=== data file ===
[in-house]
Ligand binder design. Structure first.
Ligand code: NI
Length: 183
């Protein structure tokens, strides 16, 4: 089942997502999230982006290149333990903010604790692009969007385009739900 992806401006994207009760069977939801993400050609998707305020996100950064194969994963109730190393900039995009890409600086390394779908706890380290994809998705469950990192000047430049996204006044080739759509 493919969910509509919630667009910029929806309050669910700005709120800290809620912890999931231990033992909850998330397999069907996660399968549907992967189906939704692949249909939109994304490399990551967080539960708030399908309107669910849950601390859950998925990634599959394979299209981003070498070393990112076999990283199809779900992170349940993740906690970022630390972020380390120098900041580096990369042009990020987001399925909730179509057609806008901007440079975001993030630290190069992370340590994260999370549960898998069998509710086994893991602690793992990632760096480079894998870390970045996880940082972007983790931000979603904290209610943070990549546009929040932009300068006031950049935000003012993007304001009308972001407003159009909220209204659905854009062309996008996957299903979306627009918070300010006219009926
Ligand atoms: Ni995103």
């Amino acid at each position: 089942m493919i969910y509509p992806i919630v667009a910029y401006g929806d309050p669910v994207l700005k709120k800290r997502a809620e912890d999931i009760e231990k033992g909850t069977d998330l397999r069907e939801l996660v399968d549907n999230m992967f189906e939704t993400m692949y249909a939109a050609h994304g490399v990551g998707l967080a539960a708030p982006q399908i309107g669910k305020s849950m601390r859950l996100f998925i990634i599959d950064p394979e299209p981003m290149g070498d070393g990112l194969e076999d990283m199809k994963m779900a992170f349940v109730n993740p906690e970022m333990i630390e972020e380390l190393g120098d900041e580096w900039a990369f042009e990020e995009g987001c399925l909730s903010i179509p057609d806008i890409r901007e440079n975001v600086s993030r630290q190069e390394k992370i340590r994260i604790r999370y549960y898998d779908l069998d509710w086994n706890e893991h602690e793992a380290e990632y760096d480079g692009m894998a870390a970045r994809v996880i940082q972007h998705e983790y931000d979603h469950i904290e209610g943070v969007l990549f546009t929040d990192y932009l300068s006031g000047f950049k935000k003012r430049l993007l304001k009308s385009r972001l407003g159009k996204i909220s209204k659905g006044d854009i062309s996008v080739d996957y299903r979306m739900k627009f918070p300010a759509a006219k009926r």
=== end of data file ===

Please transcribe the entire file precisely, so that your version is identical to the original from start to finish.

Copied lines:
[in-house]
Ligand binder design. Structure first.
Ligand code: NI
Length: 183
């Protein structure tokens, strides 16, 4: 089942997502999230982006290149333990903010604790692009969007385009739900 992806401006994207009760069977939801993400050609998707305020996100950064194969994963109730190393900039995009890409600086390394779908706890380290994809998705469950990192000047430049996204006044080739759509 493919969910509509919630667009910029929806309050669910700005709120800290809620912890999931231990033992909850998330397999069907996660399968549907992967189906939704692949249909939109994304490399990551967080539960708030399908309107669910849950601390859950998925990634599959394979299209981003070498070393990112076999990283199809779900992170349940993740906690970022630390972020380390120098900041580096990369042009990020987001399925909730179509057609806008901007440079975001993030630290190069992370340590994260999370549960898998069998509710086994893991602690793992990632760096480079894998870390970045996880940082972007983790931000979603904290209610943070990549546009929040932009300068006031950049935000003012993007304001009308972001407003159009909220209204659905854009062309996008996957299903979306627009918070300010006219009926
Ligand atoms: Ni995103």
């Amino acid at each position: 089942m493919i969910y509509p992806i919630v667009a910029y401006g929806d309050p669910v994207l700005k709120k800290r997502a809620e912890d999931i009760e231990k033992g909850t069977d998330l397999r069907e939801l996660v399968d549907n999230m992967f189906e939704t993400m692949y249909a939109a050609h994304g490399v990551g998707l967080a539960a708030p982006q399908i309107g669910k305020s849950m601390r859950l996100f998925i990634i599959d950064p394979e299209p981003m290149g070498d070393g990112l194969e076999d990283m199809k994963m779900a992170f349940v109730n993740p906690e970022m333990i630390e972020e380390l190393g120098d900041e580096w900039a990369f042009e990020e995009g987001c399925l909730s903010i179509p057609d806008i890409r901007e440079n975001v600086s993030r630290q190069e390394k992370i340590r994260i604790r999370y549960y898998d779908l069998d509710w086994n706890e893991h602690e793992a380290e990632y760096d480079g692009m894998a870390a970045r994809v996880i940082q972007h998705e983790y931000d979603h469950i904290e209610g943070v969007l990549f546009t929040d990192y932009l300068s006031g000047f950049k935000k003012r430049l993007l304001k009308s385009r972001l407003g159009k996204i909220s209204k659905g006044d854009i062309s996008v080739d996957y299903r979306m739900k627009f918070p300010a759509a006219k009926r």